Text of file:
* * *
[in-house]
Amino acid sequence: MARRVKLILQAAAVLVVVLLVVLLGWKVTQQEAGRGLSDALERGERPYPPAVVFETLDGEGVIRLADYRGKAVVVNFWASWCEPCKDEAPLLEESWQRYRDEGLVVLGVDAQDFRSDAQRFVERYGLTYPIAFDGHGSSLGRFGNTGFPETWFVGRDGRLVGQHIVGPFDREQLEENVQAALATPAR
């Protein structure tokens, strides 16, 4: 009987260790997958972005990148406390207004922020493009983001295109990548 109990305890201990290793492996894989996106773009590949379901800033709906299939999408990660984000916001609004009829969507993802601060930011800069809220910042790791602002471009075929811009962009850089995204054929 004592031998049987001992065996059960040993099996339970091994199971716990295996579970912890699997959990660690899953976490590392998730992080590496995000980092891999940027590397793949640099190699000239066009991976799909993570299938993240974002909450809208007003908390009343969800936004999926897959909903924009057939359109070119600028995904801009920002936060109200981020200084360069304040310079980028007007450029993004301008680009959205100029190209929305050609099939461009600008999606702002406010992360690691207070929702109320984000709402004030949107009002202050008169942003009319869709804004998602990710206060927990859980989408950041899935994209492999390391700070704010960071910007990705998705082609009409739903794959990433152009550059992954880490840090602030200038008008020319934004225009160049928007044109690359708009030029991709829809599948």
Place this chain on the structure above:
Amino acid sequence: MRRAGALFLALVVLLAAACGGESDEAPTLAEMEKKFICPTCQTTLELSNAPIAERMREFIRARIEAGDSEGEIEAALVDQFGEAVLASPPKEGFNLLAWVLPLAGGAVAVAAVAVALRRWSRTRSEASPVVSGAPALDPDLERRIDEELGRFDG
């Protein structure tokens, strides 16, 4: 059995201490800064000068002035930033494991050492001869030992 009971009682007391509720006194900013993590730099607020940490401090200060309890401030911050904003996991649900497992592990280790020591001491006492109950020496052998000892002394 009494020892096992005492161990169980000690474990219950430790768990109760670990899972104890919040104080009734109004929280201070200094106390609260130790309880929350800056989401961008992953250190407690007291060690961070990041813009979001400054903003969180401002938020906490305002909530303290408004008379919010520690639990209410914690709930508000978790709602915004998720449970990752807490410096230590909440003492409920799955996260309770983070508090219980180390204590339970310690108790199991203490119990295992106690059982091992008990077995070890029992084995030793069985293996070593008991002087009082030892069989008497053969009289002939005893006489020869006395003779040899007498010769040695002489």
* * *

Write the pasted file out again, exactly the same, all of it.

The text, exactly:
[in-house]
Amino acid sequence: MARRVKLILQAAAVLVVVLLVVLLGWKVTQQEAGRGLSDALERGERPYPPAVVFETLDGEGVIRLADYRGKAVVVNFWASWCEPCKDEAPLLEESWQRYRDEGLVVLGVDAQDFRSDAQRFVERYGLTYPIAFDGHGSSLGRFGNTGFPETWFVGRDGRLVGQHIVGPFDREQLEENVQAALATPAR
């Protein structure tokens, strides 16, 4: 009987260790997958972005990148406390207004922020493009983001295109990548 109990305890201990290793492996894989996106773009590949379901800033709906299939999408990660984000916001609004009829969507993802601060930011800069809220910042790791602002471009075929811009962009850089995204054929 004592031998049987001992065996059960040993099996339970091994199971716990295996579970912890699997959990660690899953976490590392998730992080590496995000980092891999940027590397793949640099190699000239066009991976799909993570299938993240974002909450809208007003908390009343969800936004999926897959909903924009057939359109070119600028995904801009920002936060109200981020200084360069304040310079980028007007450029993004301008680009959205100029190209929305050609099939461009600008999606702002406010992360690691207070929702109320984000709402004030949107009002202050008169942003009319869709804004998602990710206060927990859980989408950041899935994209492999390391700070704010960071910007990705998705082609009409739903794959990433152009550059992954880490840090602030200038008008020319934004225009160049928007044109690359708009030029991709829809599948």
Place this chain on the structure above:
Amino acid sequence: MRRAGALFLALVVLLAAACGGESDEAPTLAEMEKKFICPTCQTTLELSNAPIAERMREFIRARIEAGDSEGEIEAALVDQFGEAVLASPPKEGFNLLAWVLPLAGGAVAVAAVAVALRRWSRTRSEASPVVSGAPALDPDLERRIDEELGRFDG
């Protein structure tokens, strides 16, 4: 059995201490800064000068002035930033494991050492001869030992 009971009682007391509720006194900013993590730099607020940490401090200060309890401030911050904003996991649900497992592990280790020591001491006492109950020496052998000892002394 009494020892096992005492161990169980000690474990219950430790768990109760670990899972104890919040104080009734109004929280201070200094106390609260130790309880929350800056989401961008992953250190407690007291060690961070990041813009979001400054903003969180401002938020906490305002909530303290408004008379919010520690639990209410914690709930508000978790709602915004998720449970990752807490410096230590909440003492409920799955996260309770983070508090219980180390204590339970310690108790199991203490119990295992106690059982091992008990077995070890029992084995030793069985293996070593008991002087009082030892069989008497053969009289002939005893006489020869006395003779040899007498010769040695002489």